Rothrauff: Being SEALs, we understand the maritime environment inside and out. That’s where we’re born and raised, and that’s where we operate. So when I put SEALs on the water to protect vessels and to consult with governments and ports around the world, they respect the fact that we understand the difference between maritime and land-based security.
Our advantage is that we are intimately involved with maritime space, from the operational lifestyle of being in the water to understanding what the threats are and knowing how to work against those threats.
Our input into the merchant shipping also covers Best Management Practices for maritime security, such as guidelines by the International Maritime Organization that helps ships get prepared for whatever kind of incursions they might encounter, including pirates climbing up the anchor chain or rudder stem to get into the ship, stealing things and then leaving. The IMO guidelines also make potential attackers aware that the ships they are targeting have taken anti-piracy steps to protect themselves.
Trident’s onboard security personnel takes this protective stance a step further by providing actual support against pirate attacks, including having programs and processes in place to confront them when they occur. But that’s about as far as I can go to talk about it, for security reasons.
TSI: What is the biggest mistake that maritime owners and operators make when it comes to keeping their ships safe?
Rothrauff: The biggest mistake occurs when security runs afoul of safety on board vessels and people’s desire to save money. For instance, when piracy first started on the east coast of Africa, it started pretty much in the Gulf of Aden. Now the Gulf of Aden is a very narrow navigable area, which means you have to have somebody at the helm of the ship at all times or else you have to shut the ship down. The problem with shutting the ship down is that it provides pirates with a stationary platform for them to climb aboard. The anti-piracy solution is thus to keep the ship moving. When piracy shifted out of the Gulf of Aden and into the Indian Ocean and the Arabian Sea, that’s an area of wide-open navigation. So people felt comfortable shutting their ships down. The trouble is that pirates in these areas became adept at attacking in wide open waters, which is why we had to fight the companies and captains to convince them to keep their ships moving no matter what. Thankfully, this attitude is finally starting to change.
TSI: Would changes in ship design make ships more secure from pirates?
Rothrauff: They might, except for the fact that pirates keep adapting to different physical defenses that are put in their way. It’s pretty obvious that no matter what you do with a ship, that unless you make it into a gigantic fully-enclosed Tylenol capsule, that they’re going to find a way to get on board. So I think they’re depending more on the “alertness awareness” process when they start to see possible pirate action groups and that sort of thing. So education and action are really the key factors for shipping companies protecting themselves from pirates, versus changing the design of vessels.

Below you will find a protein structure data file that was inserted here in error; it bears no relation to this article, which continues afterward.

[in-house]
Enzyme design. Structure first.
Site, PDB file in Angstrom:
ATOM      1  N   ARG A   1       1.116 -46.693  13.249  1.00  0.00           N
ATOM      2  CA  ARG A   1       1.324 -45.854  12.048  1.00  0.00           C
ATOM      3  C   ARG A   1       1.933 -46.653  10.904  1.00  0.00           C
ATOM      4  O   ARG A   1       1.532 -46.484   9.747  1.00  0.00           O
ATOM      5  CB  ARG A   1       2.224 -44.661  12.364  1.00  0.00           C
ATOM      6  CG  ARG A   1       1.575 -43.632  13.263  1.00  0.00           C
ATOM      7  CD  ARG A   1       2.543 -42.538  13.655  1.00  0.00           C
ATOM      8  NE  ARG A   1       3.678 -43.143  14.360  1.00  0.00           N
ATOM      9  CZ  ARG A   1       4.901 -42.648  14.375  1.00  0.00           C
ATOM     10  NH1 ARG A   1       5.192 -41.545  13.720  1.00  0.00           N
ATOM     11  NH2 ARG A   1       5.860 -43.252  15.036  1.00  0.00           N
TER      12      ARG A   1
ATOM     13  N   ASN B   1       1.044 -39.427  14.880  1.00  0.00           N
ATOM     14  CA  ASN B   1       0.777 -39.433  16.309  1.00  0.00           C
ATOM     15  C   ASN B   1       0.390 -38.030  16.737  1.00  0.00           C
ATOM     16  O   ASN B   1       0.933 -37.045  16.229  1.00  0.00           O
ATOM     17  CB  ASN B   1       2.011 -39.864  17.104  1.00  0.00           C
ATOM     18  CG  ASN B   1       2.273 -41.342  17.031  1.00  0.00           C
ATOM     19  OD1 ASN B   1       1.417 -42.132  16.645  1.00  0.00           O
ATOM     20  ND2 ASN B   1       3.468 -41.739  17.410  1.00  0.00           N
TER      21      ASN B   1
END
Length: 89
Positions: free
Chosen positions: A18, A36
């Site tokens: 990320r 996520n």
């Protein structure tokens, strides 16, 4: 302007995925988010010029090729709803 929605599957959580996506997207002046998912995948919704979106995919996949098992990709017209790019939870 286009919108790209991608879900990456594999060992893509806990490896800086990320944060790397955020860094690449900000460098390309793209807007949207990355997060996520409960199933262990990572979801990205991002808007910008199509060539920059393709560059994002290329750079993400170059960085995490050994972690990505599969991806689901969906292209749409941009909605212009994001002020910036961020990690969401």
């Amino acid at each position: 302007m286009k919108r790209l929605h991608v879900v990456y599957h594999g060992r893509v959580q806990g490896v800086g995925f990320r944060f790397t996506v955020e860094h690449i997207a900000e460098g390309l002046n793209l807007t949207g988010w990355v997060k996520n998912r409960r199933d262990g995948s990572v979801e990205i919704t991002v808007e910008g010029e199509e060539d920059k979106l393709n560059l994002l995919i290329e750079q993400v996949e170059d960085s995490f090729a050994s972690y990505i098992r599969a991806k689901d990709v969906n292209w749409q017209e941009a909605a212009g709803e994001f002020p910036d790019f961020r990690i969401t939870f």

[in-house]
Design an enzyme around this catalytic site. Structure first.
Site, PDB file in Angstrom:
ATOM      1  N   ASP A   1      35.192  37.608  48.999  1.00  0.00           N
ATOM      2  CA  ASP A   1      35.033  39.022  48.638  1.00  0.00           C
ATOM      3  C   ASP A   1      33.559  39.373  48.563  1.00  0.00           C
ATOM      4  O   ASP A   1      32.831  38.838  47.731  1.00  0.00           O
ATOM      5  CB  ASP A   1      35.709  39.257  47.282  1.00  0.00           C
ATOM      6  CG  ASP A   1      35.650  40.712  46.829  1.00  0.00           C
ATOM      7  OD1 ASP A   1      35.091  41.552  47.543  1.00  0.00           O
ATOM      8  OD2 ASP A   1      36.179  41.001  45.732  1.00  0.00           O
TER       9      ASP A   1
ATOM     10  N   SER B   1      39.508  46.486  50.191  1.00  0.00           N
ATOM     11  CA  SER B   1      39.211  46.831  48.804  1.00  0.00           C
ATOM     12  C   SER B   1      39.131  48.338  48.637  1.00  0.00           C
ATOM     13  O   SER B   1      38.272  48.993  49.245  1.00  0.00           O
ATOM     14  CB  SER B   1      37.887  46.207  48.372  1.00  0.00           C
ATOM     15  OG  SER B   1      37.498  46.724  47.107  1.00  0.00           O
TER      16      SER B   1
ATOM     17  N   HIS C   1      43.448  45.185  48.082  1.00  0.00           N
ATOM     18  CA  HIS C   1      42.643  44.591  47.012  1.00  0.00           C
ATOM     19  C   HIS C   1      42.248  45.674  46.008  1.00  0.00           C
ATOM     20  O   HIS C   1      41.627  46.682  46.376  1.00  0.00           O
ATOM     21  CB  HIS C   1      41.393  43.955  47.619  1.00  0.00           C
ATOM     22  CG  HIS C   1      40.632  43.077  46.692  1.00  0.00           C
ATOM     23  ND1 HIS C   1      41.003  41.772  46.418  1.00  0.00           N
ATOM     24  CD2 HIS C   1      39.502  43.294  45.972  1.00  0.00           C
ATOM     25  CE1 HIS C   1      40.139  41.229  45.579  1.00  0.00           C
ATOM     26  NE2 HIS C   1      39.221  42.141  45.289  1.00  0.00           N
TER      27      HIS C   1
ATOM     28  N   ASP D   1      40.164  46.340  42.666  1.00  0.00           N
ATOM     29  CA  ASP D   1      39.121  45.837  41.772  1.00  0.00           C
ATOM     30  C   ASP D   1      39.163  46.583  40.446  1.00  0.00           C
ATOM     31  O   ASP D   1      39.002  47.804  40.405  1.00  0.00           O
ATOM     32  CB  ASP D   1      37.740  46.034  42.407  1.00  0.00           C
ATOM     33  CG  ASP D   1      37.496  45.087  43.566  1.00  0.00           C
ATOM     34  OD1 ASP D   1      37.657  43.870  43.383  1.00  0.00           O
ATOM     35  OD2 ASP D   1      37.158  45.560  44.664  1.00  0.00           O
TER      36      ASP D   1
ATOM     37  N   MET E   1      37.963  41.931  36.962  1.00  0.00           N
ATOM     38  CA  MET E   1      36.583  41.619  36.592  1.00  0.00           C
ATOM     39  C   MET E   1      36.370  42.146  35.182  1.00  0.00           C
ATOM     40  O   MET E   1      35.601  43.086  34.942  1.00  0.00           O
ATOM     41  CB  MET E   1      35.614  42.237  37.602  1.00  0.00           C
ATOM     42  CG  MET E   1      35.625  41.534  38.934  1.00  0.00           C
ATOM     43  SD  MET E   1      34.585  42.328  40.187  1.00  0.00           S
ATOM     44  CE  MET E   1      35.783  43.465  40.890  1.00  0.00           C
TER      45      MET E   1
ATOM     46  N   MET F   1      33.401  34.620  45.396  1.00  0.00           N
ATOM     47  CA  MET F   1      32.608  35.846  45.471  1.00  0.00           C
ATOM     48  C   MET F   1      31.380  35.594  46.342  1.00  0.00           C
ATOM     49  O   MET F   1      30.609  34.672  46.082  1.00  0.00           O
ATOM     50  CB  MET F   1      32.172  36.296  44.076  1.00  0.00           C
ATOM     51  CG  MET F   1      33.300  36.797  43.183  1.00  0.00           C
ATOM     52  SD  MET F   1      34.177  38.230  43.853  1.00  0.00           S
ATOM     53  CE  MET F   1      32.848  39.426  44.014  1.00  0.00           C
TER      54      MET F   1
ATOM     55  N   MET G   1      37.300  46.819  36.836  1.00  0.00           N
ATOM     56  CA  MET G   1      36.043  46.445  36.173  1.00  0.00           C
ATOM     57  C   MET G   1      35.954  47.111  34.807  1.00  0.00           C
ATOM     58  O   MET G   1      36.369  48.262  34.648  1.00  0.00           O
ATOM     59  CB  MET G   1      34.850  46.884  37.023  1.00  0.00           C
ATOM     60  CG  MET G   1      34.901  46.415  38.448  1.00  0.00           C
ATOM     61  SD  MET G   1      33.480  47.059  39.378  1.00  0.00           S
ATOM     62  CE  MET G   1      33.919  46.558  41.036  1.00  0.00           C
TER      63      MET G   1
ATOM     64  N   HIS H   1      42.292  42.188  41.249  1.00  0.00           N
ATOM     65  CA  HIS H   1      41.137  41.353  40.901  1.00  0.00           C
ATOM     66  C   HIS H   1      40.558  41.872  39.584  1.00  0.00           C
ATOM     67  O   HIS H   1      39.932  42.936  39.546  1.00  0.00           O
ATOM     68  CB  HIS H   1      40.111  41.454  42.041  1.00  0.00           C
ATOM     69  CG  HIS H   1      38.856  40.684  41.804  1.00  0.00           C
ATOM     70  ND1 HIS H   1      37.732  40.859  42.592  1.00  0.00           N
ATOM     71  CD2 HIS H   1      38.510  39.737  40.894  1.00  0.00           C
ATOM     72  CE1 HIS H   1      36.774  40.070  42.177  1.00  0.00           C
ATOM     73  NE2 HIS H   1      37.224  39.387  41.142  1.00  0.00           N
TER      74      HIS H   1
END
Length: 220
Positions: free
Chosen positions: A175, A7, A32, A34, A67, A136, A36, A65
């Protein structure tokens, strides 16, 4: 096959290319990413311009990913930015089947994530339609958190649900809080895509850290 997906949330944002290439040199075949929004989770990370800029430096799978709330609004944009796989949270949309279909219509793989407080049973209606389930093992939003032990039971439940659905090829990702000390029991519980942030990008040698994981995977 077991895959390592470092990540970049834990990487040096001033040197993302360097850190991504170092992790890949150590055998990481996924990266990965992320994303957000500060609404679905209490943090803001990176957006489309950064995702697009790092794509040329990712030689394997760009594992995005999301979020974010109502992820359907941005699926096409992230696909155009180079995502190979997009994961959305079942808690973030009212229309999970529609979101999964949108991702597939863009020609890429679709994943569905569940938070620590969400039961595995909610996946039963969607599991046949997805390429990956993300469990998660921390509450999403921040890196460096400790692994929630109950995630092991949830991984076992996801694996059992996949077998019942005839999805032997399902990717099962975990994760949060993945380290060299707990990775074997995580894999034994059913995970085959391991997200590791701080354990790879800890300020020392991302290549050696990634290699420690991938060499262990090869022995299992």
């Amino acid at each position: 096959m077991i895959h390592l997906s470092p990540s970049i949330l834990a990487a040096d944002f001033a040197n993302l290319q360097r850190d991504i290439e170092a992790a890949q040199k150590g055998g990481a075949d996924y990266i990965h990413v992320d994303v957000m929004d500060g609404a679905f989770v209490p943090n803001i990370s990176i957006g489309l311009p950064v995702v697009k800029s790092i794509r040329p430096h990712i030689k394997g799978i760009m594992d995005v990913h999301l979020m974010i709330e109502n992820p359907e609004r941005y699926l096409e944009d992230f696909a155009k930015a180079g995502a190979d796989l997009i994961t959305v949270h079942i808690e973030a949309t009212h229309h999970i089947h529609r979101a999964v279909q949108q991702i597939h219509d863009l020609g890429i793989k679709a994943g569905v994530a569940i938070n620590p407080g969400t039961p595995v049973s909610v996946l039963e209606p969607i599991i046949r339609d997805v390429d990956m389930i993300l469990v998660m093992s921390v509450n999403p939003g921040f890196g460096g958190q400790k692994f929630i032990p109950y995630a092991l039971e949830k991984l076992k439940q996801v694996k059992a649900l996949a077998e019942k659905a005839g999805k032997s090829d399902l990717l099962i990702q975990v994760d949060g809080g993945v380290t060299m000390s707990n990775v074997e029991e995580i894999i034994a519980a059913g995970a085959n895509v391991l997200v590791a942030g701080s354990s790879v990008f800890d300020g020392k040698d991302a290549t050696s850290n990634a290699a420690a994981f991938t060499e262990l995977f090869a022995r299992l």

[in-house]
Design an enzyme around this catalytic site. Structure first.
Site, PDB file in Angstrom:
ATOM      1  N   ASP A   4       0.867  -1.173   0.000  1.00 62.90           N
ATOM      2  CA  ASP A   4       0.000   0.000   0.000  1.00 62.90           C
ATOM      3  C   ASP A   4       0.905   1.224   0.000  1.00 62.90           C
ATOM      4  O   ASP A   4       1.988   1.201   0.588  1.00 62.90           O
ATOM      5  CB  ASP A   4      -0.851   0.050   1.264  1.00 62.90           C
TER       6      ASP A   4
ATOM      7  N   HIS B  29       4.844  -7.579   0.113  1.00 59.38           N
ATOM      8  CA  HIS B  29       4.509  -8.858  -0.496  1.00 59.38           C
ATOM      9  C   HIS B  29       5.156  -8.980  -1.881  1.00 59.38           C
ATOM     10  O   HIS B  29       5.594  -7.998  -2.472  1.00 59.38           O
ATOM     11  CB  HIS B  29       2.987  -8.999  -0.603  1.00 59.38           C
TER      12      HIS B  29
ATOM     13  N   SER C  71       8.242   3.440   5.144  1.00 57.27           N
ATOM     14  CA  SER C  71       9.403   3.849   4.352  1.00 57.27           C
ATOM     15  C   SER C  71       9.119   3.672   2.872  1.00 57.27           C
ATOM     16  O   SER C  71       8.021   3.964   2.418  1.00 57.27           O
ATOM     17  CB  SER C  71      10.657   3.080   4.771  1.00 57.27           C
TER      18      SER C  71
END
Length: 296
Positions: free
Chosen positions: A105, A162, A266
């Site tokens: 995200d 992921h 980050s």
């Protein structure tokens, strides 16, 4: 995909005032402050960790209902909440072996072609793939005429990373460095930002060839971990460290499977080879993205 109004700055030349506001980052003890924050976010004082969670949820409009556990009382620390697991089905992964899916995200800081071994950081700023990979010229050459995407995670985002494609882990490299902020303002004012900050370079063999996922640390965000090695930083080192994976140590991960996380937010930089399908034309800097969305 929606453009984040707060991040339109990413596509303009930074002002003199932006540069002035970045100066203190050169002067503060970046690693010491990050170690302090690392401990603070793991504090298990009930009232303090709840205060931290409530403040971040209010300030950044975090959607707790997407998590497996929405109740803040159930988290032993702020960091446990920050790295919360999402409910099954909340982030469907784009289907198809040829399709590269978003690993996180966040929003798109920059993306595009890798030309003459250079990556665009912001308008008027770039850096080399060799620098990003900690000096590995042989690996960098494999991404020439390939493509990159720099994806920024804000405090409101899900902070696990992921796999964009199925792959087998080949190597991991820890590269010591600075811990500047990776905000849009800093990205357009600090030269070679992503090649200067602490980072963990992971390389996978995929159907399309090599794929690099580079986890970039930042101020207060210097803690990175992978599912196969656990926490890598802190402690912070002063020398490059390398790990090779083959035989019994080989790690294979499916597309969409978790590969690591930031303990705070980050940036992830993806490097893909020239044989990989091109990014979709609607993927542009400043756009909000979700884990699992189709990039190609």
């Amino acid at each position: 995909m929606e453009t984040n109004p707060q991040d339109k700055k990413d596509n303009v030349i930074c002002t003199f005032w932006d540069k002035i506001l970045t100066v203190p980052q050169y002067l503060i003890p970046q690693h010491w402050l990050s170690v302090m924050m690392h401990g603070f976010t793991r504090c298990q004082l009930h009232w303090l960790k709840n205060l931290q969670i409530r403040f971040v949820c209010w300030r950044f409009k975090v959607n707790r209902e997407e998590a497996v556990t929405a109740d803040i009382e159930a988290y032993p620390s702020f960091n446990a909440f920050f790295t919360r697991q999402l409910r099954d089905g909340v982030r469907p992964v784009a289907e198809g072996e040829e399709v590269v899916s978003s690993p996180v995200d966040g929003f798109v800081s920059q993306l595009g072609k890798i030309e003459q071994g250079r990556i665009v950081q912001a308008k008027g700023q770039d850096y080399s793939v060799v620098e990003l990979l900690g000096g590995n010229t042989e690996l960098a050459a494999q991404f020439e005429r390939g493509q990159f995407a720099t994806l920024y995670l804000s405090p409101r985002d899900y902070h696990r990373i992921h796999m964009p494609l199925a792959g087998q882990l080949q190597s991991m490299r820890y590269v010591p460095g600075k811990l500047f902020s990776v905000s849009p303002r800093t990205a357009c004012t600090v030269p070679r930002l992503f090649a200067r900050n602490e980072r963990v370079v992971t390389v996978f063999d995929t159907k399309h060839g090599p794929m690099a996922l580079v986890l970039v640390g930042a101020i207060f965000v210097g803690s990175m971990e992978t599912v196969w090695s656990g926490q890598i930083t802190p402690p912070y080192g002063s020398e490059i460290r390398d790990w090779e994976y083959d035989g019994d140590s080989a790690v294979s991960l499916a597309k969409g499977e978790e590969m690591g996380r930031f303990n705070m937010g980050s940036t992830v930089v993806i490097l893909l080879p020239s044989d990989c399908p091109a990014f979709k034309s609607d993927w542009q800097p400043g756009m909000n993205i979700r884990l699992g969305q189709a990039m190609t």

TSI: What is Trident Group America able to provide to your shipping clients, as a result of improving their maritime security?
Rothrauff: We give their crew members peace of mind to be able to sail anywhere in the world. There are also a lot of ancillary benefits to having a security group on board a ship when they’re in foreign waters and at foreign ports. For instance, we do a lot of work with local law enforcement and the ships’ own security teams, including improving the quality of their pre-departure stowaway searches. None of these benefits were conceived when we first started Trident 22 years ago. They’ve emerged since then. This is why our clients like having our teams onboard because we offer much more value than just keeping pirates off the ship.
TSI: What are your plans going forward for the company?
Rothrauff: Our growth stems from keeping our eyes and ears open to what’s happening in the market, anticipating developments and getting in on the ground floor with solutions as soon as new security challenges arise. For instance, we’ve noticed that many African governments are just dying for support from the Western world to help them better naval and coast guard operations. So we’re focused on putting our trained security personnel on their vessels to provide these kinds of results today. We’re also doing a lot of security consulting with such clients, and helping them select the proper tactical gear and operational approaches/procedures to achieve the level of maritime security they’re seeking. Other than that, Trident Group America is going to keep doing what we do to keep our clients and their maritime assets safe. That has worked for all of us since we started business in 2000.